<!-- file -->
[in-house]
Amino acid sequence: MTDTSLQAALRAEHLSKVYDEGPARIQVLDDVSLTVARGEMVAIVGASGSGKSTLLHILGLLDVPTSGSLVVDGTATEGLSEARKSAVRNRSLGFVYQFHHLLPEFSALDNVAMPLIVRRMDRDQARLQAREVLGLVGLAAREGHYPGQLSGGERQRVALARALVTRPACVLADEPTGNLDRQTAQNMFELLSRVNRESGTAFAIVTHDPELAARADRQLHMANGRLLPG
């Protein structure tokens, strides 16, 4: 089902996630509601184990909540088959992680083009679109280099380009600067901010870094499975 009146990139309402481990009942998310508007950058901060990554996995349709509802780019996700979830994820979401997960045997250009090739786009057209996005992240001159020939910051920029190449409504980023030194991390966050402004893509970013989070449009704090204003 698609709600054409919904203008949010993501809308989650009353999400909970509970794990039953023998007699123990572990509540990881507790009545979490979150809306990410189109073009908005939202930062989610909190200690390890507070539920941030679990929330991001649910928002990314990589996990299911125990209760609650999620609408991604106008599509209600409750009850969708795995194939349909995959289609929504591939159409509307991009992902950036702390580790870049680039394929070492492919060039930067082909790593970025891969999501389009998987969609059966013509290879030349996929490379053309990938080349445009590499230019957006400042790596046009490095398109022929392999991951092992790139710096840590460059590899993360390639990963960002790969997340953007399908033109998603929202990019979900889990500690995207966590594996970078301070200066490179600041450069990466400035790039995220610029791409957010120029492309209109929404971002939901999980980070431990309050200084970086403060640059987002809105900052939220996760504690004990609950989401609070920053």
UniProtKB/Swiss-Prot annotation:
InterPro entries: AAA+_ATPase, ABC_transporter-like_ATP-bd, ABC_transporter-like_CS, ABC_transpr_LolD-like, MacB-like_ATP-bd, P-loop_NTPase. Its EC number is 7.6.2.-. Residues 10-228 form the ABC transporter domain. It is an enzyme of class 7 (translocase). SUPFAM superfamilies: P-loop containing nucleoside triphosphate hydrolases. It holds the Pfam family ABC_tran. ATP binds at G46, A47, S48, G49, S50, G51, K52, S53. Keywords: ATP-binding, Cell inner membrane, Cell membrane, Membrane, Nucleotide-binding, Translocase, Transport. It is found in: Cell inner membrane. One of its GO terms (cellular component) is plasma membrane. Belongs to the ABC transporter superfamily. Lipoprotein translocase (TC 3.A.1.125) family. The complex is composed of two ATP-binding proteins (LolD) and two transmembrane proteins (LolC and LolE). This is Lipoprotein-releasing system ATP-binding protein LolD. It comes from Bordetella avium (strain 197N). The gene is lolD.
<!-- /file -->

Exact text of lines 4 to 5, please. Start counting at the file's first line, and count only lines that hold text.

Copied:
UniProtKB/Swiss-Prot annotation:
InterPro entries: AAA+_ATPase, ABC_transporter-like_ATP-bd, ABC_transporter-like_CS, ABC_transpr_LolD-like, MacB-like_ATP-bd, P-loop_NTPase. Its EC number is 7.6.2.-. Residues 10-228 form the ABC transporter domain. It is an enzyme of class 7 (translocase). SUPFAM superfamilies: P-loop containing nucleoside triphosphate hydrolases. It holds the Pfam family ABC_tran. ATP binds at G46, A47, S48, G49, S50, G51, K52, S53. Keywords: ATP-binding, Cell inner membrane, Cell membrane, Membrane, Nucleotide-binding, Translocase, Transport. It is found in: Cell inner membrane. One of its GO terms (cellular component) is plasma membrane. Belongs to the ABC transporter superfamily. Lipoprotein translocase (TC 3.A.1.125) family. The complex is composed of two ATP-binding proteins (LolD) and two transmembrane proteins (LolC and LolE). This is Lipoprotein-releasing system ATP-binding protein LolD. It comes from Bordetella avium (strain 197N). The gene is lolD.